Thursday, December 18, 2008

Geeking out on PC Research

Journal of Clinical Oncology has a paper looking at the changes in the quantity and quality of palliative care and hospice research over the last 100 years.  Indeed.  The paper looks at the quantity and type of palliative care articles indexed by Medline, comparing those published before 1970 with each 5 year period after 1970 through to 2005 .  They essentially looked for papers with the terms 'palliative,' 'hospice,' or 'terminal care' in their citation (they allowed for truncated/variable versions of those terms, and used an all fields search meaning title, abstract, and subject headings were all included).  

What they found was that yes, palliative care publications have increased greatly in number, as well as percent of total publications, over the last few years:  for instance in raw numbers there were ~4000 papers which met their search criteria at 1975, ~28000 at 1995, ~41,000 at 2000, and ~57,000 at 2005.  To clarify this:  57000 total articles were found in the database in 2005 - this is a total/cumulative number not ones added in that period - but one can assume that well over 10,000 articles were published between 2000 and 2005 which met the search criteria.  Medline does 'back-tag' articles with newly developed subject headings, and so some of the increase between 2000 and 2005 is due to older articles being newly tagged as 'palliative' ones, but likely the vast majority of that increase represents freshly published papers.  In addition, they found the fraction of published papers which met their criteria increased over that time period ('palliaitve' articles rose from .08% to .38% of all the total Medline database), that the fraction of 'palliative' papers which represented original research rose dramatically (.96% to 7.2%) and that this increase outpaced the increase for medicine (Medline) overall (.45% to 5%).  
They give some interesting data about where all these articles are being published - a lot of different journals of course - but you can look at where most were.

A few things here.  First, looking at the journal list, while there are many that are obvious (JPSM, JCO, JPM, etc.) there are some which aren't, including Gastrointestinal Endoscopy,  which highlights the problem with looking at publications this way - the word 'palliative' is used widely particularly in surgical and 'proceduralist' journals in a specific way which is accurate to be sure (basically means non-curative as in a 'palliative gastrojejunostomy' etc.) but doesn't necessarily make it palliative care-relevant (at least to me and people I know who practice it).  This is a real-life issue for me because one of the many ways I screen articles for the blog is by using a filtered Medline search which includes everything labeled with a 'palliative care' label/subject heading (along with a whole bunch else).  This means my inbox is flooded with technical research about pediatric cardiac surgery (many 'palliative' procedures there), as well as a good amount of endoscopy research, all of it 'palliative' but little of 'drew-palliative.'  Actually, my search strategies are completely based on ones the group who published this paper have developed over the years (check out their website) - they are quite good, and suit the function of screening for the blog very well.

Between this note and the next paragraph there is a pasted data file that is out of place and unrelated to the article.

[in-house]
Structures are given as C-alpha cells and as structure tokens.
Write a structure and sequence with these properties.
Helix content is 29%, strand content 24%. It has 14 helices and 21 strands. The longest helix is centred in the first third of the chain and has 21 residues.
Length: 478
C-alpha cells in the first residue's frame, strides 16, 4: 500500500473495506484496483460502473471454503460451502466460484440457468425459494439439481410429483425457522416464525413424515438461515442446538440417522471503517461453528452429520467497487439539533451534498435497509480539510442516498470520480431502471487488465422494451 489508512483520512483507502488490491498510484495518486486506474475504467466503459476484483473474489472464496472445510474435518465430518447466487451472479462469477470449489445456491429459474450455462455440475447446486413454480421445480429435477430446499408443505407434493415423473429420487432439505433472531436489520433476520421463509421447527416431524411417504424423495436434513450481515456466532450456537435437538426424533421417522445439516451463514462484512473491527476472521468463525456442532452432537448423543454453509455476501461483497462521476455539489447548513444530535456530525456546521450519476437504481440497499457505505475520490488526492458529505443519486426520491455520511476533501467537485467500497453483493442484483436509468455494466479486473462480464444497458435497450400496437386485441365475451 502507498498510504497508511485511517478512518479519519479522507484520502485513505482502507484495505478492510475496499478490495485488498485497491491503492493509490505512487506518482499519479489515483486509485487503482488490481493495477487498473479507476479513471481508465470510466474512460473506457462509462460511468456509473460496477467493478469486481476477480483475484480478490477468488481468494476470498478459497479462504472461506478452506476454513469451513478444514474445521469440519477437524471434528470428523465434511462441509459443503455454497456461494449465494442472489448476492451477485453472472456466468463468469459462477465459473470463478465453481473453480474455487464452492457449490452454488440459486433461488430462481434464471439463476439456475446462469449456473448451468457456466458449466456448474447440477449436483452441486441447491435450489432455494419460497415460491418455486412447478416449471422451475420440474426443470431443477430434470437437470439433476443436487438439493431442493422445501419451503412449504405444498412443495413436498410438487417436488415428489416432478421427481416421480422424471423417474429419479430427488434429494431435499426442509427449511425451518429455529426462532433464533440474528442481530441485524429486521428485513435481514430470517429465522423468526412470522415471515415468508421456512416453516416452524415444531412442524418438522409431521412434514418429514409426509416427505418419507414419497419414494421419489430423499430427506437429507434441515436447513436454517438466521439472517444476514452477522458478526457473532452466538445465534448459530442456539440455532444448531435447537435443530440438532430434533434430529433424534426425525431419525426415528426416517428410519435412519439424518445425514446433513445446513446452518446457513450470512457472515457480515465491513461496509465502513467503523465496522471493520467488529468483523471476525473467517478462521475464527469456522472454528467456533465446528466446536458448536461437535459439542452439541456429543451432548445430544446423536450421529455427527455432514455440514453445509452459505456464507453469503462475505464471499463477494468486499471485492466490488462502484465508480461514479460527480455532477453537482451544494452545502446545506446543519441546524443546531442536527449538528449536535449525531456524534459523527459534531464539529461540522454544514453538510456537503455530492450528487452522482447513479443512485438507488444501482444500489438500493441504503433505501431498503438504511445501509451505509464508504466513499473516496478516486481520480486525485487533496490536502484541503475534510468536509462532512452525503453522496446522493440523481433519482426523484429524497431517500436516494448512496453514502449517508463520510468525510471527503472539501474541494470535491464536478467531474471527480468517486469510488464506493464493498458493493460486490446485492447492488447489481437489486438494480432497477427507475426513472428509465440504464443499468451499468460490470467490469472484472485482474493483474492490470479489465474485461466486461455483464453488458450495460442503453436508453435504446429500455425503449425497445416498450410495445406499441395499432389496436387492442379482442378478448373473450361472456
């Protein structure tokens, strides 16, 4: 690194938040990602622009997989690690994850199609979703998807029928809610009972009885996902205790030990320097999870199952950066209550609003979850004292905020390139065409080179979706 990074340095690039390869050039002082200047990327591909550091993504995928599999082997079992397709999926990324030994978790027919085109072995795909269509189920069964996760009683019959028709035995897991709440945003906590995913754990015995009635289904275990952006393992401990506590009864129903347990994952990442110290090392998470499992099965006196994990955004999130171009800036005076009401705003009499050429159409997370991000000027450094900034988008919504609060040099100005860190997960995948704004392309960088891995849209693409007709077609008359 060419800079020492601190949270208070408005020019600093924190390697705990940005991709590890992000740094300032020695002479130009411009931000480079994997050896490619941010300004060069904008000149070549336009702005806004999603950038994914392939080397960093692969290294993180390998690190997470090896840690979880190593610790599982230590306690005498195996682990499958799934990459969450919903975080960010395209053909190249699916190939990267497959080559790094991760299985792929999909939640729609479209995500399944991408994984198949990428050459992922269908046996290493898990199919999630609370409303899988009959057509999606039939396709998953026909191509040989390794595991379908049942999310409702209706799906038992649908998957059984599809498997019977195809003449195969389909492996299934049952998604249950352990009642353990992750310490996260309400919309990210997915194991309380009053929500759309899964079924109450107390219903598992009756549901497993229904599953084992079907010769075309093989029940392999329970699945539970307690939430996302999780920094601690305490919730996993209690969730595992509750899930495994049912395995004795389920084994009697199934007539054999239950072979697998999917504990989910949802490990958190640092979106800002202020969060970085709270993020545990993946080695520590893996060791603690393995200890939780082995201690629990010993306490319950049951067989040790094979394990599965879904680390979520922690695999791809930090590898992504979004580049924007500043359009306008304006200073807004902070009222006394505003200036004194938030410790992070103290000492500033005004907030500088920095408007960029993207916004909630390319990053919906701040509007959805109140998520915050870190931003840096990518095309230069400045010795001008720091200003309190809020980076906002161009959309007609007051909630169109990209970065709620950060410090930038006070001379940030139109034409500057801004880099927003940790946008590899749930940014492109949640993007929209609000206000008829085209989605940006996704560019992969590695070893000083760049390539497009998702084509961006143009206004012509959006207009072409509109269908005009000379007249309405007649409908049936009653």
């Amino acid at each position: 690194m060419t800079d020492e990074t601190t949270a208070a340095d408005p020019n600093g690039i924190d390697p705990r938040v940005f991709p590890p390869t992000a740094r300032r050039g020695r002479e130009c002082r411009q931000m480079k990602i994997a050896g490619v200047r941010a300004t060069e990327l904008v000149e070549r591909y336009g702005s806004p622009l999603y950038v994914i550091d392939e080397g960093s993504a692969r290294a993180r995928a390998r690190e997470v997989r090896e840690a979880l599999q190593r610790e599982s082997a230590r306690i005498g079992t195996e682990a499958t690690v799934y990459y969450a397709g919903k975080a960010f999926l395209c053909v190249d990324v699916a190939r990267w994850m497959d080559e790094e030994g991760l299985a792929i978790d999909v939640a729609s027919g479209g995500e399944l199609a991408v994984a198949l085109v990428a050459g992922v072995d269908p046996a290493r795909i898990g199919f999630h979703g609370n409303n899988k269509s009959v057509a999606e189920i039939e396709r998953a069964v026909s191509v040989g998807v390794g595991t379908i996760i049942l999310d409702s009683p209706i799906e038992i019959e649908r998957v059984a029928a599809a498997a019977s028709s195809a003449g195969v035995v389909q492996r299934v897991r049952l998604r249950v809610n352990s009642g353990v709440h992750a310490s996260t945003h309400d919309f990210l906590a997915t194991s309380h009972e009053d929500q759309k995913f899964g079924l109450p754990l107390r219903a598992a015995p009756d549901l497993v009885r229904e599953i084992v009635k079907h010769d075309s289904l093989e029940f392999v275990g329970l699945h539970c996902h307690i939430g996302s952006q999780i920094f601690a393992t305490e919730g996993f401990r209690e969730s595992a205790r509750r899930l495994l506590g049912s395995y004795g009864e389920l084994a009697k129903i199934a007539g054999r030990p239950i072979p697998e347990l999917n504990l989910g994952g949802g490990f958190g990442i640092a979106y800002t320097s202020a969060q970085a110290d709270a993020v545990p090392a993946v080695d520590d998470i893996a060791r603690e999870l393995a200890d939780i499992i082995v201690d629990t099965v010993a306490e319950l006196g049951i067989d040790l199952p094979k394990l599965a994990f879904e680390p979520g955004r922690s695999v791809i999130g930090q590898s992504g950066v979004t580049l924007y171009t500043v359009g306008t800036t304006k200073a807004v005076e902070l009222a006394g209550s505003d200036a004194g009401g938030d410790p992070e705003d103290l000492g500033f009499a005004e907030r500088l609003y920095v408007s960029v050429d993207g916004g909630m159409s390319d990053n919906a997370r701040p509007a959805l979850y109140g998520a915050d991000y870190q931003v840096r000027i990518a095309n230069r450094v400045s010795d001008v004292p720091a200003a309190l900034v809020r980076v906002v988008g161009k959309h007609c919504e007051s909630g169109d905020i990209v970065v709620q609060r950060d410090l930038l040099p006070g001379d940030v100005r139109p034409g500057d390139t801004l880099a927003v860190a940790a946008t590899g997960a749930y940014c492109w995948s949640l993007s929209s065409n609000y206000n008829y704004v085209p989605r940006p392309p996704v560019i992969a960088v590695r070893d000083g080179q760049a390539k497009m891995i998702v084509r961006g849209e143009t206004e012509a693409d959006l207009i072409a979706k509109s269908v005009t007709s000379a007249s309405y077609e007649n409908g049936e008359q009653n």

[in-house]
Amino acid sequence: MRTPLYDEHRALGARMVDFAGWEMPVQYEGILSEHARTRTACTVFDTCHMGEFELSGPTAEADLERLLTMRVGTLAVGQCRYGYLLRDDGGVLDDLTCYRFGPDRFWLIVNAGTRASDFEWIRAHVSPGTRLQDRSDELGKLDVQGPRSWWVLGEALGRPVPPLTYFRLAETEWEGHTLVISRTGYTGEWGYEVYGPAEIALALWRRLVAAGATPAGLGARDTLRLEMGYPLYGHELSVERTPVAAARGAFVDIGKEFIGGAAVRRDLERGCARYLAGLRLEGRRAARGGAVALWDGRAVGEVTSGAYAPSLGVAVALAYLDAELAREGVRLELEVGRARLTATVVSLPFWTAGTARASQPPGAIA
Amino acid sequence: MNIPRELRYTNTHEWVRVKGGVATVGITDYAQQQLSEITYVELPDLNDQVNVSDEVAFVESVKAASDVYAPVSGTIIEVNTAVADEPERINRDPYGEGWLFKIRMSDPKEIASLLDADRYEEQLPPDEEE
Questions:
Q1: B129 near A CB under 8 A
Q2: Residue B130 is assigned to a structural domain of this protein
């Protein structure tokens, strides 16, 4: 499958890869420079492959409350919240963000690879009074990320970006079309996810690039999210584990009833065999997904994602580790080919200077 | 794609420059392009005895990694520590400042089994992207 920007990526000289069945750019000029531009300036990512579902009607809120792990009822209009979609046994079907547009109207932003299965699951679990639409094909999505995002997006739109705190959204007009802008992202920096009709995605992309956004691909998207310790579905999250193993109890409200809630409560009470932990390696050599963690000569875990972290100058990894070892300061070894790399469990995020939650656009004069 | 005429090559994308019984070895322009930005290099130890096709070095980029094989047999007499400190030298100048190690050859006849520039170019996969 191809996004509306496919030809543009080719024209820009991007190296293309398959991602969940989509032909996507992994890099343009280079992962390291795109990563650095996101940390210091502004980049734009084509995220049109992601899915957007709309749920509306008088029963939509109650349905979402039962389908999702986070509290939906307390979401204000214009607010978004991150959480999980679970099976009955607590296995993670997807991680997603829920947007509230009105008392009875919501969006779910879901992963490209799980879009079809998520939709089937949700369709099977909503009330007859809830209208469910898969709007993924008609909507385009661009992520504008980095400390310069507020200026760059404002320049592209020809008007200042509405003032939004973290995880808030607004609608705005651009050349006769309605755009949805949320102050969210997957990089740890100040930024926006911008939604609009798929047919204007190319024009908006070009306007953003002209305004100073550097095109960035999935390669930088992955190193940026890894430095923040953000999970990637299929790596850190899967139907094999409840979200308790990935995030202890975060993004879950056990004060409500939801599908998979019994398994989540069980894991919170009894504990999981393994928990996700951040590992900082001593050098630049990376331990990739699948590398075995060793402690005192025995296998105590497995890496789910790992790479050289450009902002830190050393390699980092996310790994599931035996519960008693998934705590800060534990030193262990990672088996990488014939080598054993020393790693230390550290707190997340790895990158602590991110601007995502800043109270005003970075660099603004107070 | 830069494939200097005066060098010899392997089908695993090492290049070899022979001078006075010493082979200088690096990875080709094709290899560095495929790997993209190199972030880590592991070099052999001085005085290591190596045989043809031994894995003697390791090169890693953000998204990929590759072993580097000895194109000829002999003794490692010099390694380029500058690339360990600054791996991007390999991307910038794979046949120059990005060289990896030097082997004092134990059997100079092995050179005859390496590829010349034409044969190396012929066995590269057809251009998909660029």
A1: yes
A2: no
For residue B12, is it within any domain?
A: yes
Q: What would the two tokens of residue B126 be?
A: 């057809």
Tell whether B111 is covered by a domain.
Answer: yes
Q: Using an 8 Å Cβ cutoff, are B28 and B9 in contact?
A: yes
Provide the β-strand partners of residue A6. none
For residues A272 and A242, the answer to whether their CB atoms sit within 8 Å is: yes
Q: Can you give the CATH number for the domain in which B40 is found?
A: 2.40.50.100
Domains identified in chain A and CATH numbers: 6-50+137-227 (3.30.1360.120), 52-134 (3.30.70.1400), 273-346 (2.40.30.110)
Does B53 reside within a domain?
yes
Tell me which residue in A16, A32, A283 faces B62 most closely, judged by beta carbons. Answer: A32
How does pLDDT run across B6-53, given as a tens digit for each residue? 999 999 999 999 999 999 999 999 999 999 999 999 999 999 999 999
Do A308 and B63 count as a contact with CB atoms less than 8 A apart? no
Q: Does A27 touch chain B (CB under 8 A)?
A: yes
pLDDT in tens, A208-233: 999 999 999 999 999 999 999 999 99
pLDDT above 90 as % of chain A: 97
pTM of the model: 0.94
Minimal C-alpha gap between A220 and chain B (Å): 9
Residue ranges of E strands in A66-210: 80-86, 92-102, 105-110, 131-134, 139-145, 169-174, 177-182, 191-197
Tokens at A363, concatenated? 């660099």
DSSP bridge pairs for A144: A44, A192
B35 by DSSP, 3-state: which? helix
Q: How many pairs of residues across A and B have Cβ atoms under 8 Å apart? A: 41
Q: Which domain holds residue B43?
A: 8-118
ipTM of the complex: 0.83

Then there's the reality that much (most? nearly half?) of research which is relevant to my day-to-day practice isn't caught by a strategy using 'palliative care,' 'hospice,' 'terminal care' etc. subject headings.  E.g. pain trials which aren't specifically in a palliative care setting but still would inform my practice, papers about prognosis in brain injuries, etc.  'Palliative care relevant' but not 'palliative care specific' research.  Given that, there's every reason to believe then that the fraction of palliative care-relevant research is even higher.

Does the exact percentage, or how we do '% clinical research-wise' make any difference?  Not at all of course, but the point of the article is well-taken and almost certainly valid: palliative care publications and research are growing rapidly, and we do pretty well research-wise compared to medicine as a whole.  Given that this is a big part of my life (on the blog) it kind of gets me going.  

A quote from the conclusion:
The challenge raised by these findings is that clinicians providing hospice or palliative care as part of their practice have no simple way of identifying the evolving evidence base. Effective retrieval would require a comprehensive strategy actively searching general and specialist clinical and research literature. The challenge of not having one set of subspecialist journals on which to rely is magnified given a rate of growth for palliative care clinical trials of 1.4 times the general clinical trials literature over the last 35 years.
I think this is a major problem.  It's not unique to palliative care, although it might be accentuated in our community.  It's tough to actually find our research base, and you can't rely on a few major journals.  I'm curious as to whether this will change over the next few years - if the research will consolidate so it'll be easier to find.  Probably not, however, given that many of these issues are critically important to other specialist communities (critical care, oncology, trauma surgery, nephrology, etc. etc.) and so will remain sprinkled among dozens of subspecialty journals.  

ResearchBlogging.orgJ. Tieman, R. Sladek, D. Currow (2008). Changes in the Quantity and Level of Evidence of Palliative and Hospice Care Literature: The Last Century Journal of Clinical Oncology, 26 (35), 5679-5683 DOI: 10.1200/JCO.2008.17.6230

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